CONTEXT: Successful treatment approaches are needed for obesity in adolescents. Motivational interviewing (MI), a counseling approach designed to enhance behavior change, shows promise in promoting healthy lifestyle changes. OBJECTIVE: Conduct a systematic review of MI for treating overweight and obesity in adolescents and meta-analysis of its effects on anthropometric and cardiometabolic outcomes. DATA SOURCES: We searched Medline, Embase, Cumulative Index to Nursing and Allied Health Literature, PsychINFO, Web of Science, Cochrane Library, and Google Scholar from January 1997 to April 2018. STUDY SELECTION: Four authors reviewed titles, abstracts, and full-text articles. DATA EXTRACTION: Two authors abstracted data and assessed risk of bias and quality of evidence. RESULTS: Seventeen studies met inclusion criteria; 11 were included in the meta-analysis. There were nonsignificant effects on reducing BMI (mean difference [MD] -0.27; 95% confidence interval -0.98 to 0.44) and BMI percentile (MD -1.07; confidence interval -3.63 to 1.48) and no discernable effects on BMI z score, waist circumference, glucose, triglycerides, cholesterol, or fasting insulin. Optimal information size necessary for detecting statistically significant MDs was not met for any outcome. Qualitative synthesis suggests MI may improve health-related behaviors, especially when added to complementary interventions. LIMITATIONS: Small sample sizes, overall moderate risk of bias, and short follow-up periods. CONCLUSIONS: MI alone does not seem effective for treating overweight and obesity in adolescents, but sample size and study dose, delivery, and duration issues complicate interpretation of the results. Larger, longer duration studies may be needed to properly assess MI for weight management in adolescents.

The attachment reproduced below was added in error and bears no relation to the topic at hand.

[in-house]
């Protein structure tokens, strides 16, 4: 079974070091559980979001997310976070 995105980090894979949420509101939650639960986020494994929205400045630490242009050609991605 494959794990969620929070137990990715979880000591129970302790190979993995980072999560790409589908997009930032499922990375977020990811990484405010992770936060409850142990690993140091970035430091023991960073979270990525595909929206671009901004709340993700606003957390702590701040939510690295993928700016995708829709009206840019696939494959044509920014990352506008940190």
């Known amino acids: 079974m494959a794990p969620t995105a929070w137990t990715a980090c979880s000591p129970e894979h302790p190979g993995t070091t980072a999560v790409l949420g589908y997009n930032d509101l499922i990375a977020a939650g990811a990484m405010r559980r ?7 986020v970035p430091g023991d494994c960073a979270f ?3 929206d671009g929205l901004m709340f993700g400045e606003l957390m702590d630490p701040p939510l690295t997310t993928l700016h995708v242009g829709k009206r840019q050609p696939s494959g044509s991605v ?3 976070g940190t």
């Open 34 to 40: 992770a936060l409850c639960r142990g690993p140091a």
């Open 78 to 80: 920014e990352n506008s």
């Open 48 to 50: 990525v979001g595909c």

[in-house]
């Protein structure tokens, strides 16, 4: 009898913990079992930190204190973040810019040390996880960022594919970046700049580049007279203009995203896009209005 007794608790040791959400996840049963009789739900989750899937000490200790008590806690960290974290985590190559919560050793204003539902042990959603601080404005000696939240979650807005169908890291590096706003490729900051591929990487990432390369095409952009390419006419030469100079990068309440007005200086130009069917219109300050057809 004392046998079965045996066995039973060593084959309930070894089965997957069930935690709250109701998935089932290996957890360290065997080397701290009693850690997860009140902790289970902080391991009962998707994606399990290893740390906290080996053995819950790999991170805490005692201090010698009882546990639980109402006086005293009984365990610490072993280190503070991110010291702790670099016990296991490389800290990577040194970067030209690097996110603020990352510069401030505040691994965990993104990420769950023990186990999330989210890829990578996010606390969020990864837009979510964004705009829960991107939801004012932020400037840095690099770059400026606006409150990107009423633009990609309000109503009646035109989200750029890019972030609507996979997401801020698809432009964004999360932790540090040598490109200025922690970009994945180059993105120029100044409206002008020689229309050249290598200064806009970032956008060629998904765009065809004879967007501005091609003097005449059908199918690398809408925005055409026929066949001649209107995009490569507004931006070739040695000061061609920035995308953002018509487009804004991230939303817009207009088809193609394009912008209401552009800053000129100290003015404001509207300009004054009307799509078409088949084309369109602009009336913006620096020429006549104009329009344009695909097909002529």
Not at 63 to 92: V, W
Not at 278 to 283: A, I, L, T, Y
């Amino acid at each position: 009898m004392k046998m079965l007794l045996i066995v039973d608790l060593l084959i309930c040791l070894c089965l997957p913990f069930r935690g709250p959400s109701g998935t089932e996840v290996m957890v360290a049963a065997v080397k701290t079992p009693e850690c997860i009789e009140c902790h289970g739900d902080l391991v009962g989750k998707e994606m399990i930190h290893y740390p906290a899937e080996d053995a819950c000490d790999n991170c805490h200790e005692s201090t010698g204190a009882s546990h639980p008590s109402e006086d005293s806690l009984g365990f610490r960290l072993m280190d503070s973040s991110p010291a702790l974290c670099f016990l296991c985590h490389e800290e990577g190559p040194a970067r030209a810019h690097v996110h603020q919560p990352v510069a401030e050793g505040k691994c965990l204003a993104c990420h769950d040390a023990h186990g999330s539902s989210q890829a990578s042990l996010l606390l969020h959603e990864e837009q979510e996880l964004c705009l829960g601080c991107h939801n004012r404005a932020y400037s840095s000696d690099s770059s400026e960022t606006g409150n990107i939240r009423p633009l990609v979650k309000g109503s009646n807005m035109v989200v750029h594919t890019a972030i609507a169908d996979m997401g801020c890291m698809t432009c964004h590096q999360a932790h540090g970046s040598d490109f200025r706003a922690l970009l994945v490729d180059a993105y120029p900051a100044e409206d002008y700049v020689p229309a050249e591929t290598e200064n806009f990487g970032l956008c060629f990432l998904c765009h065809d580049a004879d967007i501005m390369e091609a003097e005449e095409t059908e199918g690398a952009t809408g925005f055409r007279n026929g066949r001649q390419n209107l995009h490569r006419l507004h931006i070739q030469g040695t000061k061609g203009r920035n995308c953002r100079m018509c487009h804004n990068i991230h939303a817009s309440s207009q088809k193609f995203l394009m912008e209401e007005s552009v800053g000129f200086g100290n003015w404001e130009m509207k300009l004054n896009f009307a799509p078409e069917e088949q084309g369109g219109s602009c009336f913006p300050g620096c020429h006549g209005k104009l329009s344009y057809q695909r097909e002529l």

ASJC Scopus subject areas
- Pediatrics, Perinatology, and Child Health